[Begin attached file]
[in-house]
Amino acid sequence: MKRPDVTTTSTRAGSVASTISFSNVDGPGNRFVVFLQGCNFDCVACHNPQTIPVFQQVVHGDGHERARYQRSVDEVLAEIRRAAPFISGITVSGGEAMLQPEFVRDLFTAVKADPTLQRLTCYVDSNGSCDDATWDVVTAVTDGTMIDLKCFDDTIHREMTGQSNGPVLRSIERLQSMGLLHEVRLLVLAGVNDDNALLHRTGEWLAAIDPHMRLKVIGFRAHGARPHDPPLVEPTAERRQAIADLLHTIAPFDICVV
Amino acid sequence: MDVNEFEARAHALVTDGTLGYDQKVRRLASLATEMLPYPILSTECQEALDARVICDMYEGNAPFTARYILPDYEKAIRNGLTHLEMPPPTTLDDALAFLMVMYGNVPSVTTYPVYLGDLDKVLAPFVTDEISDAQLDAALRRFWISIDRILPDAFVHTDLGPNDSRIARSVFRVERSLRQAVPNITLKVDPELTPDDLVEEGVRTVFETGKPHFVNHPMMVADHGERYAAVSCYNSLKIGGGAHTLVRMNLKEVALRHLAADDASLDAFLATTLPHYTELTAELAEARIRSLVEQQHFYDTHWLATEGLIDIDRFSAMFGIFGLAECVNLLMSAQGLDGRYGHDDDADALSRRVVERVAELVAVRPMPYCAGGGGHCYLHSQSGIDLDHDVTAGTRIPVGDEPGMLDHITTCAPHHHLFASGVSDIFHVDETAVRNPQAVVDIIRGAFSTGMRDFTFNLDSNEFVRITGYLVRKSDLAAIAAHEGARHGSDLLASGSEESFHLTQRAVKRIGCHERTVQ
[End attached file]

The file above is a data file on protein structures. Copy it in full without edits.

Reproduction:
[in-house]
Amino acid sequence: MKRPDVTTTSTRAGSVASTISFSNVDGPGNRFVVFLQGCNFDCVACHNPQTIPVFQQVVHGDGHERARYQRSVDEVLAEIRRAAPFISGITVSGGEAMLQPEFVRDLFTAVKADPTLQRLTCYVDSNGSCDDATWDVVTAVTDGTMIDLKCFDDTIHREMTGQSNGPVLRSIERLQSMGLLHEVRLLVLAGVNDDNALLHRTGEWLAAIDPHMRLKVIGFRAHGARPHDPPLVEPTAERRQAIADLLHTIAPFDICVV
Amino acid sequence: MDVNEFEARAHALVTDGTLGYDQKVRRLASLATEMLPYPILSTECQEALDARVICDMYEGNAPFTARYILPDYEKAIRNGLTHLEMPPPTTLDDALAFLMVMYGNVPSVTTYPVYLGDLDKVLAPFVTDEISDAQLDAALRRFWISIDRILPDAFVHTDLGPNDSRIARSVFRVERSLRQAVPNITLKVDPELTPDDLVEEGVRTVFETGKPHFVNHPMMVADHGERYAAVSCYNSLKIGGGAHTLVRMNLKEVALRHLAADDASLDAFLATTLPHYTELTAELAEARIRSLVEQQHFYDTHWLATEGLIDIDRFSAMFGIFGLAECVNLLMSAQGLDGRYGHDDDADALSRRVVERVAELVAVRPMPYCAGGGGHCYLHSQSGIDLDHDVTAGTRIPVGDEPGMLDHITTCAPHHHLFASGVSDIFHVDETAVRNPQAVVDIIRGAFSTGMRDFTFNLDSNEFVRITGYLVRKSDLAAIAAHEGARHGSDLLASGSEESFHLTQRAVKRIGCHERTVQ